Ester Marsh column: How to get rid of excess belly fat
With the new year in full swing, we have lots of new people coming in and other ones returning at the YMCA. I believe in health and fitness and also believe it is the best “fountain of youth” and lifestyle to good health. But, with our new people coming in, the No. 1 question (again) has been “where is the machine to get rid of this?”, grabbing their belly while asking the question. If it is that easy, I would have 50 of those pieces of equipment in the fitness area and not worry about anything else. So, the answer to that question is no — there is not just one piece of equipment that takes away belly fat. It takes time and full body workouts. Another great exercise to lose weight is the “push away” exercise — push away from the table.
Next question I hear is “can I turn that belly fat into muscle?”
I wish it was as simple as turning fat into muscle. Muscle and fat are two different tissues.
Muscle will burn calories even at rest. Fat, on the other hand, just sits there or jiggles when you move. It does not use any energy, but it can be used as energy. That is one of the reasons you should lose weight at a rate of 1-2 pounds per week. Another common mistake people make is to go on these super-low calorie diets to lose weight very quickly. When you decrease your calories by more than 500 calories at a time, your body thinks it is starving. To protect itself, it wants to keep the fat (because it does not use any energy while sitting there) and get rid of muscle tissue.
One hard thing to grasp is that you have to eat to lose fat. When you lose weight quickly, it is a combination of water, muscle and some fat — be prepared to deal with flab. I believe that everyone has seen the shows where people have lost these enormous amounts of weight and have these huge pieces of skin left. That is the extreme, but the faster you lose weight and are not working out, the greater your chance of flab. So to say, muscle turns into flab and/ or flab can turn into muscle is a myth. You can tighten/strengthen your muscles, and you can lose body fat, but they are separate from each other.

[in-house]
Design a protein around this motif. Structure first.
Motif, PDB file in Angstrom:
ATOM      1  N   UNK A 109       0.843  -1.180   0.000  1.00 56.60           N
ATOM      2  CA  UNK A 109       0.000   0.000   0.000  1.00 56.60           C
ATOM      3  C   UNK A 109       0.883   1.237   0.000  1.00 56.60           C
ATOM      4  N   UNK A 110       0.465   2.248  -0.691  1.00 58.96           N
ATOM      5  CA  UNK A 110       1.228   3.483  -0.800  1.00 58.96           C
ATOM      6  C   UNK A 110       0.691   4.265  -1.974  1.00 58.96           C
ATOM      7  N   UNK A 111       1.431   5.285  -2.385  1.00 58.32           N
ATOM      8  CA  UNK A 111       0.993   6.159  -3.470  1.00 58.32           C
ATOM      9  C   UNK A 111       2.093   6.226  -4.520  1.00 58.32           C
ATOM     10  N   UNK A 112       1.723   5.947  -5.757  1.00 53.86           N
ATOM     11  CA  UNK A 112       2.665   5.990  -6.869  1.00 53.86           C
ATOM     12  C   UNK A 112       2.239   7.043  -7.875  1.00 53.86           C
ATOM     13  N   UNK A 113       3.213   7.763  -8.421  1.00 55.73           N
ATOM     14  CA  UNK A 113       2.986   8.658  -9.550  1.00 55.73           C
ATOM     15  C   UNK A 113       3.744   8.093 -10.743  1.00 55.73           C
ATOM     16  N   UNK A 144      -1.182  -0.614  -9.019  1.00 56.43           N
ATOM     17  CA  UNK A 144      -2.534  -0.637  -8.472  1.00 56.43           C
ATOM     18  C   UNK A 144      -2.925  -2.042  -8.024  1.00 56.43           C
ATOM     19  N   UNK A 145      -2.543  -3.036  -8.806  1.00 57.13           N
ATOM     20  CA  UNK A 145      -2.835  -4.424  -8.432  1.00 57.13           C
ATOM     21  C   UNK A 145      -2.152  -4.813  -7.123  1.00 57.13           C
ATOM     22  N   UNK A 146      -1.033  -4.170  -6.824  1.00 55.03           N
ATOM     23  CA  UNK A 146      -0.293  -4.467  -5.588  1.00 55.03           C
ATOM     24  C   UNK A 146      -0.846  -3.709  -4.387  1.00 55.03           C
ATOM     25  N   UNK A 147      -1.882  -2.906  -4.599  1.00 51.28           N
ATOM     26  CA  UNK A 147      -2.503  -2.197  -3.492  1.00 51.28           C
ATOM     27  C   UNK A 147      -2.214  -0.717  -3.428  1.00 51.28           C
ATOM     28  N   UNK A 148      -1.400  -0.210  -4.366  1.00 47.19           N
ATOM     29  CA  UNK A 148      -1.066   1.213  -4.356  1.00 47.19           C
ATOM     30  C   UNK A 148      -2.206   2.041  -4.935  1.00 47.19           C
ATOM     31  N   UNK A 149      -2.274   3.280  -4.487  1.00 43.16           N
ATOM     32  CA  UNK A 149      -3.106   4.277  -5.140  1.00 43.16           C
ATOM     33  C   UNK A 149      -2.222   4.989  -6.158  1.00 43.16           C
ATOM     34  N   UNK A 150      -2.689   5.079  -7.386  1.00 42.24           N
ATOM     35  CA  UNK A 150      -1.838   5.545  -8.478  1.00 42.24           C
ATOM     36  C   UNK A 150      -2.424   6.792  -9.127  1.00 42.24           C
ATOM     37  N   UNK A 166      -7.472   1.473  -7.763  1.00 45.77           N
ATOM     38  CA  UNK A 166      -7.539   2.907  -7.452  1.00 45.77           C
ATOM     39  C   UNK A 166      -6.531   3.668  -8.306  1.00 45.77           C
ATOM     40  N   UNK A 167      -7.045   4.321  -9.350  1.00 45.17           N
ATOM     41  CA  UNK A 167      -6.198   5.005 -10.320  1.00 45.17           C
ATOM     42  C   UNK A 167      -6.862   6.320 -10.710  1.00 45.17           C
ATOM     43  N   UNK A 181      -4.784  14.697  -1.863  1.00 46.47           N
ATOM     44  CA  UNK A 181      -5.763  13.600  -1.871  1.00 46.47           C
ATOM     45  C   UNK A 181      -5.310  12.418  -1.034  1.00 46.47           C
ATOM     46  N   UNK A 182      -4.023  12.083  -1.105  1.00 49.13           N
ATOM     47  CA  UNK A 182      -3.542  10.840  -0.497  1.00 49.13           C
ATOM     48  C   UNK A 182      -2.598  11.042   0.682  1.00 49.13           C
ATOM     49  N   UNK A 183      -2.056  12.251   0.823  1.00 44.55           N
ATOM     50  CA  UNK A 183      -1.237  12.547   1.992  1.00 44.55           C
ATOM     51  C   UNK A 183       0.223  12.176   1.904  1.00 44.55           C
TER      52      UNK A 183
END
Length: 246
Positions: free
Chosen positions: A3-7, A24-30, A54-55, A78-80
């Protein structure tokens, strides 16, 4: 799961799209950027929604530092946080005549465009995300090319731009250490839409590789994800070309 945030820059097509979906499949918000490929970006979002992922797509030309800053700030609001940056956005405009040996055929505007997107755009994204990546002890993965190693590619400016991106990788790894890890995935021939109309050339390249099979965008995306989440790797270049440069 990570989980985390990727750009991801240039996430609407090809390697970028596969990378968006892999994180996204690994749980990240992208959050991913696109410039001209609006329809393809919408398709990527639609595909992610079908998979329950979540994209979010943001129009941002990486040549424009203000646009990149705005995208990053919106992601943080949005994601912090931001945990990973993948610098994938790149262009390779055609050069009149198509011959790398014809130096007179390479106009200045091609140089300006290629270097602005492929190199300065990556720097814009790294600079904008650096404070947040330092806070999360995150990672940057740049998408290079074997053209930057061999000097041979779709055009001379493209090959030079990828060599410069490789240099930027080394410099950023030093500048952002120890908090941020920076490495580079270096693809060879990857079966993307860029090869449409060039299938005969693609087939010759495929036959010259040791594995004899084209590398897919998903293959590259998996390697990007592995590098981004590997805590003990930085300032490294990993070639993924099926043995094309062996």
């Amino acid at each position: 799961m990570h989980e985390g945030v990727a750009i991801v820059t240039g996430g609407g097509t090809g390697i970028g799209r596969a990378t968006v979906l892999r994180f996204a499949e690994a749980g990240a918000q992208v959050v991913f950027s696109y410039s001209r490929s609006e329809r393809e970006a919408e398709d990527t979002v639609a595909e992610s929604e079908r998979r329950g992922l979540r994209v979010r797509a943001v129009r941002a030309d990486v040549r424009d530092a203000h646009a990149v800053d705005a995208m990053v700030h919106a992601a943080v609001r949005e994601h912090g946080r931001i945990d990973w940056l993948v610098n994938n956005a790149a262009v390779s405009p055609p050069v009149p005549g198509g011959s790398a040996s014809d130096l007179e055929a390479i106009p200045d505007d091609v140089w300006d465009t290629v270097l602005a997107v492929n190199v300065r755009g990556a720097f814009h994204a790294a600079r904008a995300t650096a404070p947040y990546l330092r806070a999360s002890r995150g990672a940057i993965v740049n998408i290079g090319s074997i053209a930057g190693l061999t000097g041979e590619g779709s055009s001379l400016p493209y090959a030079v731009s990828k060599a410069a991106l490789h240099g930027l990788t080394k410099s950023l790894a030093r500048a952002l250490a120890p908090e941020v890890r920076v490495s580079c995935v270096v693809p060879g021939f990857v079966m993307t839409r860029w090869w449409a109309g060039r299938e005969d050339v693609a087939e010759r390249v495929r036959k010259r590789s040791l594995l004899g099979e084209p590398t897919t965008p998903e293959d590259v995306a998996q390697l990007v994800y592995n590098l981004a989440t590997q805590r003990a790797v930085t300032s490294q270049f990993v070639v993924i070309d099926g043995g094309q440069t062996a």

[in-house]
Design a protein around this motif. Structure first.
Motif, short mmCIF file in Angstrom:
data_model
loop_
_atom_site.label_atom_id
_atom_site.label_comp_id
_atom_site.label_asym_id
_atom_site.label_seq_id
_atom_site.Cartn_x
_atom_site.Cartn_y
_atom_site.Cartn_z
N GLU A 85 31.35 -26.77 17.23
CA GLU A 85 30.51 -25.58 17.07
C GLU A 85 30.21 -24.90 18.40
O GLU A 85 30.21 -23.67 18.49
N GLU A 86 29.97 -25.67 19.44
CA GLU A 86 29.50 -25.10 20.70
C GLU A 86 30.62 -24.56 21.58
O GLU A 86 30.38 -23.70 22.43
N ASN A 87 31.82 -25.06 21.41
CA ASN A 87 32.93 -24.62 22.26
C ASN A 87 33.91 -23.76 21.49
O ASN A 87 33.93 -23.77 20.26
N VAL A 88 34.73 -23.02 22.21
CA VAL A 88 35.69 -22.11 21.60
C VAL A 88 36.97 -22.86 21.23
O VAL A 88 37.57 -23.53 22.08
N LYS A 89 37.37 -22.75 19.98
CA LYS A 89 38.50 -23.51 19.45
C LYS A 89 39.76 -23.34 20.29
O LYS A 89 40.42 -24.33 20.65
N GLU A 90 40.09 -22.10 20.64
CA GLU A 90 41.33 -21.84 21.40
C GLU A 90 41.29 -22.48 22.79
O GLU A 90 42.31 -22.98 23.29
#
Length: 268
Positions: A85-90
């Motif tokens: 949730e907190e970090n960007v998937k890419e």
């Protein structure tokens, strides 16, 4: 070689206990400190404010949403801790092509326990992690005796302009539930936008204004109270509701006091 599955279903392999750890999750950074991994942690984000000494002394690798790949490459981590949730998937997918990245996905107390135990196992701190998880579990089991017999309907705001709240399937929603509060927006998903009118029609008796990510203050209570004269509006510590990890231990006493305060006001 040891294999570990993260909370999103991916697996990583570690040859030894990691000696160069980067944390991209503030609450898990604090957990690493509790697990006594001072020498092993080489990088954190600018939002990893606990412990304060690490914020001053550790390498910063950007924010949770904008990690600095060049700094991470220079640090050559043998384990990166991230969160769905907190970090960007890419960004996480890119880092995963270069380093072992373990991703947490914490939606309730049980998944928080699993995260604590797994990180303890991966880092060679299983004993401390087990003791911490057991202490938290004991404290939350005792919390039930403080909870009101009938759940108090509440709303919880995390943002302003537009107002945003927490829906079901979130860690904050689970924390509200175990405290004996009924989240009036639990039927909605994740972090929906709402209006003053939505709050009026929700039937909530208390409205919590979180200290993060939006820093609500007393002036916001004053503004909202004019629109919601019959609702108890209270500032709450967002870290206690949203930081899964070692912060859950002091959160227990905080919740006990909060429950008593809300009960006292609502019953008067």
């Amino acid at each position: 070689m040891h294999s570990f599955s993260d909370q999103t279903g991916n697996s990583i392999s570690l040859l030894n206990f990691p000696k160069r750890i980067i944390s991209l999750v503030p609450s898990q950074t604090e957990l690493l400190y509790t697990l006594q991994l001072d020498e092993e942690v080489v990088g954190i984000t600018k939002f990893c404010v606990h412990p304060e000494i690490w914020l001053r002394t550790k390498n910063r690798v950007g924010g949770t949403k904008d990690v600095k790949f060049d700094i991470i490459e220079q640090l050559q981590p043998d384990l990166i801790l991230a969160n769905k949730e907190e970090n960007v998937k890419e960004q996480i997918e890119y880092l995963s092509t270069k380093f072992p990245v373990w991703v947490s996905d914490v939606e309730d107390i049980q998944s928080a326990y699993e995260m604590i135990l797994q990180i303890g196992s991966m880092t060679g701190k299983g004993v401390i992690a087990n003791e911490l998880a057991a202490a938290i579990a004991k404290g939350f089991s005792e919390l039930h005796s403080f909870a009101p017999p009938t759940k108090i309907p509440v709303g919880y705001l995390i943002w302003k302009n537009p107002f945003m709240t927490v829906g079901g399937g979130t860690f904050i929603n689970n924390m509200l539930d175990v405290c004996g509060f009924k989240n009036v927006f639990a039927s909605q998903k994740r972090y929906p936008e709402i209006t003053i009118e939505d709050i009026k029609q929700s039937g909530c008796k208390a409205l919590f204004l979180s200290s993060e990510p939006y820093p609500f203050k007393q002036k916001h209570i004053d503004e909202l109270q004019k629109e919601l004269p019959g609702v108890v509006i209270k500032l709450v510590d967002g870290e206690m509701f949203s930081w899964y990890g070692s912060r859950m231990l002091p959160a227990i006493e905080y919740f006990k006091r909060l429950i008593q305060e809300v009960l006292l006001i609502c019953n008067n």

How do you lose belly fat? First of all, doing a lot of abdominal exercises is not going to burn the fat off your belly. You cannot spot reduce with exercise. And no, those “shake your fat away belts” do not work. To burn fat, your calorie intake needs to be less then the calories you burn. You can do that in three ways:
1. Eat less calories than what you are burning with everyday life. Your buttocks might start “sagging” with weight loss and no exercise. So working out and eating sensibly are going hand in hand. You wouldn’t wait to go to your doctor until you are better, right?
2. Eat normally and burn more calories by exercising.
3. Eat less calories and burn more by exercising.
Now we have the fat part down, we are going to another important part — exercise.
You can do 200 sit-ups or crunches a day and that will not help you very much if you let your belly hang the rest of the day. Gravity will push everything to the outside. Are you ready for the best exercise to get a tight belly?
Suck your belly in all day long. I know — a little disappointing. No pill or belt to help the problem or that magical one piece of equipment. Just don’t suck it in so much you can’t breathe. Start with a little at a time. You will be amazed how many times you forget. It will not only flatten your belly, it will help your posture plus your lower back will thank you. One trick I tell people is to stop wearing elastic waistband pants. You do not feel when you are “hanging.” Put a belt on and put it in the hole where it is comfortable to wear. When you feel your belt pressing, you know you are “hanging.” Abdominal exercises do work. It definitely strengthens your abdominals when doing them correctly. But don’t forget to work the opposite muscles in the lower back. Yoga and Pilates both work also on your core muscles. And, most important, be patient. How long did it take you to get your body where it is now? It didn’t happen overnight.
Ester H. Marsh is health and fitness director at the J.F. Hurley Family YMCA in Salisbury.